Monday, 14 December 2009

OOTS: Bumbling Around Bristol

My first festive contribution to this month's Out on the Streets is a little short on public planting, but is long on festive sparkle. For some reason my feet took me in totally the wrong direction on the way to Borders bookshop last Thursday, but once I'd realised what had happened, I relaxed and decided to take the more scenic route. After all, I had plenty of time before meeting my friends later and besides, this direction took me to some of the more interesting parts of the city centre. The following pictures are clickable for your enhanced viewing pleasure...

My first festive stopover was the aptly named St Nicholas Market: here's the Glass Arcade area with it's simple lights of stars and greenery. However, I felt these were in keeping with the place itself, and the florist on the left was doing her best to ensure there was plenty of real Christmas greenery around. Her wreaths in particular were adorning several other stalls.


Further on was another seasonally aptly named spot. These steps date from 1669, but how they got today's name is hard to tell. At one time this area was part of Bristol's quayside and was full of brothels and public houses. Today, just one of those pub remains: The Three Sugar Loaves which this street sign is adorning. I was standing close to one of the nation's oldest fish and chip shops when I took this photo, reputed to have been frequented by a certain Cary Grant, until he emigrated to the States to seek his fortune.



At the foot of Christmas Steps is a florists, who was making an effort to jazz up her outside display to make it more seasonal. There's a chance that fake snow might be replaced by the real thing this week.


This is half way up Christmas Steps and shows its simple decorations plus a hanging basket with flowers. As you can see it's a quaint steep alley way with small independent shops either side. Sadly some of these are empty, but there are signs that artists are again coming back to this area as I spotted a couple of new galleries. Update 16/12: I've just found out this area of Bristol was designated as an Arts Quarter in 2008 - a great way to start to rejuvenate this lovely part of the city.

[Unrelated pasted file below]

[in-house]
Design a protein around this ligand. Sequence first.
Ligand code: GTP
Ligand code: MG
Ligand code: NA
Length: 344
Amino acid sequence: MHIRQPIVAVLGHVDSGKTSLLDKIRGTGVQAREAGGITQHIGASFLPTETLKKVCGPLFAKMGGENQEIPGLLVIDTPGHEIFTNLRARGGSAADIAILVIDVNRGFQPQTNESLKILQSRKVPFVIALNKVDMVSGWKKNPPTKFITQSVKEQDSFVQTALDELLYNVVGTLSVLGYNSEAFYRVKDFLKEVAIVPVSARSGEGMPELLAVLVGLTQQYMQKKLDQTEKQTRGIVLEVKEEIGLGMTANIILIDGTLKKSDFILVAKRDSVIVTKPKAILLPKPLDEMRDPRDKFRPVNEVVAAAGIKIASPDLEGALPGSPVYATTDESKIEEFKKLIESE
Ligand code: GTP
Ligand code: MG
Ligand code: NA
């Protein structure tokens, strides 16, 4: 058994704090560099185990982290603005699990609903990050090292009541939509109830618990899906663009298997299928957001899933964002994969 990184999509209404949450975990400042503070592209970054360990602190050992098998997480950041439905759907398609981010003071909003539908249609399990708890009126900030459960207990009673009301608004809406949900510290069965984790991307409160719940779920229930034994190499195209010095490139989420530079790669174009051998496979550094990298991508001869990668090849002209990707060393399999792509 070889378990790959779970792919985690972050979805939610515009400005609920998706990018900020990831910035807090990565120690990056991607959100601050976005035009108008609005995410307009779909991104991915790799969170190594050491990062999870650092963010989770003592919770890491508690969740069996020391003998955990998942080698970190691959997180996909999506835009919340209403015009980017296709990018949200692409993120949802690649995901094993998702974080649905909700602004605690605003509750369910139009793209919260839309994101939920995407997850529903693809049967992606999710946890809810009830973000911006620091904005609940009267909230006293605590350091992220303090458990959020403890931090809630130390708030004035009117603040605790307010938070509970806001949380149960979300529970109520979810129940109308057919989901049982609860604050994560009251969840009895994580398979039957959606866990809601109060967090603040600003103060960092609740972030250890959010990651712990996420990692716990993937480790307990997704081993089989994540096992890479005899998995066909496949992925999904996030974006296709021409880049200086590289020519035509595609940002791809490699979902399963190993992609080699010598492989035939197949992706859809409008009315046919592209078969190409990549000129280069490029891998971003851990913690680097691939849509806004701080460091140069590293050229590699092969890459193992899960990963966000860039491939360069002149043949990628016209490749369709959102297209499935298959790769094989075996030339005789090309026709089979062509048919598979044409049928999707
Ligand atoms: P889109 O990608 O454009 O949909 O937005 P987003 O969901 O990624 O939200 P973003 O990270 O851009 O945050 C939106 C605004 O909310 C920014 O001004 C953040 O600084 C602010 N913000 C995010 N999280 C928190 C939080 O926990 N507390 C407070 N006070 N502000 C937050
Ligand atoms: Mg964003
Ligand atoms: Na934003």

After my buying frenzy at Borders, I walked down Park Street underneath its rather cold looking white LED icicles with blue LED snowflakes, to College Green. Most of the mature trees in this area had been decorated with simple strings of lights, which looked most effective in the descending dusk. The odd blue LED decoration could also be seen in the distance.

This took me back into town where I found my first outdoor real Christmas tree of the day. This is in The Centre, right outside the office block where I used to work. Like Chester's tree it's simply adorned with twinkling lights. I'm not showing you the whole thing though, because the bottom of the tree had rather ugly fencing around it and no lights.


Then I walked to Broadmead, where white and blue LEDs again ruled and formed 'nets' of lights above the shoppers. This arrangement reminded me a little of Strictly Come Dancing (aka Dancing with the Stars).

The Broadmead area was also hosting a traditional German Christmas Market, complete with wooden stalls and a central structure resembling those ornaments which you put over a candle or radiator so the whole arrangement revolves in the warmer air. This giant version also revolved and was accompanied by oompah band music. Most of the stalls seemed to be selling either German sausages or hot nuts, though there was the odd one selling little wooden houses and traditional decorations. The German Christmas Market in Birmingham is much better.

And finally to Cabot Circus where the decorations are on the grandest of scales. Here we have one of the bauble arrangements on the ground floor. And yes, I'm not doing any trick photography to fool you, that arrangement really IS BIG.

There's also giant reindeer sculptures, some reaching the same height as the first floor of the shopping centre and with a rather cheeky one peeping over the first floor balcony.